Service Pack Debut Ends Windows 7 Update

Posted by Unknown | June 30, 2009 |


Gartner analyst, Michael Silver, in a report released Friday, stated that Microsoft will discontinue upgrade of XP based PCs to Windows 7 for free once the first Windows 7 service pack debuts after October. Though the plan has not been made public by Microsoft, it was noted in a research by an analyst of the IT advisory firm.

Microsoft plans to release Windows 7 by 22nd of October, but has not stated when the first service pack will become available. The analyst report has it that Microsoft designs these program limitations to persuade organizations to enter Enterprise Agreements, enroll licenses in Software Assurance or purchase upgrade rights to run Windows 7.

Gartner's report also warned businesses to evaluate their applications before switching from Windows XP or Vista to Windows 7 in order to avoid compatibility issues.

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Role-playing Game On Twitter rakes In Profits

Posted by Unknown | June 23, 2009 |


The maker of a new role-playing game on Twitter, Lolplaying, tagged '140 Mafia,' is trying to explore Twitter's money making potential with Super Rewards, a virtual currency service that already has been reaping revenue from various forms of online recreation. Super Rewards quietly began selling extra points and additional powers to 'Tweeple' this month when 140 Mafia's text-based take on organized crime made its Twitter debut.

The alliance was announced on Tuesday at a social gaming conference in San Francisco - Power to the Tweeple. Super Rewards gives players of online and mobile games ways to gain the upper hand against their opponents, with the reward of a few bucks - or, in some cases, a ridiculous amount of money can buy an advantage.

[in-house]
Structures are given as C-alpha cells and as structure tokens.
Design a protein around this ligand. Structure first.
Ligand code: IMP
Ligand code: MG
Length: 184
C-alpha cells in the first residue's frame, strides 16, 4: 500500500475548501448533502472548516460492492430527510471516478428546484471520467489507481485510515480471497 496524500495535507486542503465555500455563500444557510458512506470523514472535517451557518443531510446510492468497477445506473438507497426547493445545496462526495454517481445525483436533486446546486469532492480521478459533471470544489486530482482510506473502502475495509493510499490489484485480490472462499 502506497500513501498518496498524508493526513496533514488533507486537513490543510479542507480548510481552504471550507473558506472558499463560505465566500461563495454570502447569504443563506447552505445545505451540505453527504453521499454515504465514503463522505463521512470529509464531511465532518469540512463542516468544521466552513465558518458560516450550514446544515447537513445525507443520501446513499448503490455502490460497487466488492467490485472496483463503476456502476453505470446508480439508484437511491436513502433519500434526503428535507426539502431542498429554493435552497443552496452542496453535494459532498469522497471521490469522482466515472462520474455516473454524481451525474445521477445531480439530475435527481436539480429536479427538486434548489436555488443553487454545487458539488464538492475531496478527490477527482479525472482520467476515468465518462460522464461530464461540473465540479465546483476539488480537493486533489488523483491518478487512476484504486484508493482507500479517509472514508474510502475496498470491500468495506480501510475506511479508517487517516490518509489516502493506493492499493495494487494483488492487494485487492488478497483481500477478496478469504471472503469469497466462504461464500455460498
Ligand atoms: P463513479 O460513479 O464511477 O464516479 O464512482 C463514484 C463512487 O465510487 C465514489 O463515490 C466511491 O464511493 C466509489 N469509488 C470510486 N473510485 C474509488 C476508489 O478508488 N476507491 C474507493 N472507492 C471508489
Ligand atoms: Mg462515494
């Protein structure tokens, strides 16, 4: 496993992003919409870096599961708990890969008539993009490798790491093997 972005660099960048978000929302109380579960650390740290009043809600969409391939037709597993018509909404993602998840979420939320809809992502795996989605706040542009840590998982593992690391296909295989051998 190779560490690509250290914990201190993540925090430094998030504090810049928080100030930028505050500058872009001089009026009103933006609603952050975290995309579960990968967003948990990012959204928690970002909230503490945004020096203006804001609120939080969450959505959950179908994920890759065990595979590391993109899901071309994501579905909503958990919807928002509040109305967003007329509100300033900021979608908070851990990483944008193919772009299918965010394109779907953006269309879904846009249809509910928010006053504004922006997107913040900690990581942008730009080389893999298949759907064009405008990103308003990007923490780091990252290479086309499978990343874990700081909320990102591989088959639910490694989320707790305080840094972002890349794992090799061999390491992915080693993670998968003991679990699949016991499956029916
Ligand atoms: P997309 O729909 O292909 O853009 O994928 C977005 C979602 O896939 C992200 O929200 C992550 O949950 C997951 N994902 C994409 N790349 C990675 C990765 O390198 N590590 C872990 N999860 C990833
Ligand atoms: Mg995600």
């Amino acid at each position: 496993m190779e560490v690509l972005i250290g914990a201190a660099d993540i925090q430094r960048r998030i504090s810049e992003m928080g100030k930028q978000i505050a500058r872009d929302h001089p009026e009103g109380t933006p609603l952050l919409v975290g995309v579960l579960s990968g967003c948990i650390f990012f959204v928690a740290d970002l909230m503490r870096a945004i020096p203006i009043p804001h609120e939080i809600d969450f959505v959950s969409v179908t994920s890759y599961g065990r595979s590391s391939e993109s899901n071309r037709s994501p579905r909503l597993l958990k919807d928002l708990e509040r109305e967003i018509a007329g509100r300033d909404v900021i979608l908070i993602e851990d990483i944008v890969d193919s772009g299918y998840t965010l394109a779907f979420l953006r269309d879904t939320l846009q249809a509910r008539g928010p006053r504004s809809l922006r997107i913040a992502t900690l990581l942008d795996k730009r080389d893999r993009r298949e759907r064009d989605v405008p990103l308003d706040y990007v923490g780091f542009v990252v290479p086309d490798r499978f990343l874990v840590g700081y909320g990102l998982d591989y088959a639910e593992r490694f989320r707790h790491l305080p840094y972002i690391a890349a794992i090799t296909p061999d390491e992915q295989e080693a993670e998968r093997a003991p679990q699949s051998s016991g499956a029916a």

Jason Bailey, co-founder of Super Rewards, tipped it will pay off on Twitter as '140 Mafia' attracts more players. It's already proven to be a lucrative model at Facebook and MySpace, as well as on the iPhone.

Twitter's founders are yet to come-up with how to cash in on their popular social networking and messaging service. The scheme is raking in profits, but not for Twitter, which maintains it doesn't need to worry about monetization.

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A public beta of Microsofts anti-malware service, Microsoft Security Essentials, is billed for launch soon as Live OneCare suite phases out next week - Tuesday. The version running on Windows XP, Vista, and Windows 7, will be available in the U.S., Brazil, and Israel in English and Brazilian Portuguese. While the beta version for Simplified Chinese will be available later in the year.

According to Alan Packer, general manager of Microsoft's Anti-Malware team, 'the service updates its anti-malware database constantly and publishes new antivirus signatures to Microsoft Update three times a day'. The service also includes new technologies that help protect against root-kits, programs that are designed to hide the fact that a PC has been compromised, and is also designed to run efficiently by scanning when the PC is idle and conserving on memory usage.

Earlier in November last year, Microsoft announced its plan to drop its Live OneCare service in favor of a slimmed-down free offering designed to encourage more people, particularly those who don't want to pay for it and fear it will slow down their computer, to use antivirus software.

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Google Advances Challenged By 'Bing'

Posted by Unknown | June 15, 2009 |


In a New York Post report on Sunday, Google co-founder Sergey Brin, was reportedly upset by the launch of Microsoft's Bing search engine that he called-up for 'urgent upgrades' to Google's service. As the story headlined has it 'Fear grips Google,' could the search giant really feel threatened?

Brin is said to be leading a team of top engineers to determine how Microsoft's search algorithm differs from the closely guarded one Google employs. Though Google representatives declined to comment on the level of Brin's involvement, the fact that the newspaper state his hands-on involvement with a team working to improve search services spells trouble.

According to latest release on search share by market researcher ComScore, Microsoft's search share went up to 11.1 percent last week from 9.1 percent the previous week. The fact that Bing seems to be of particular interest to Sergey is indeed remarkable.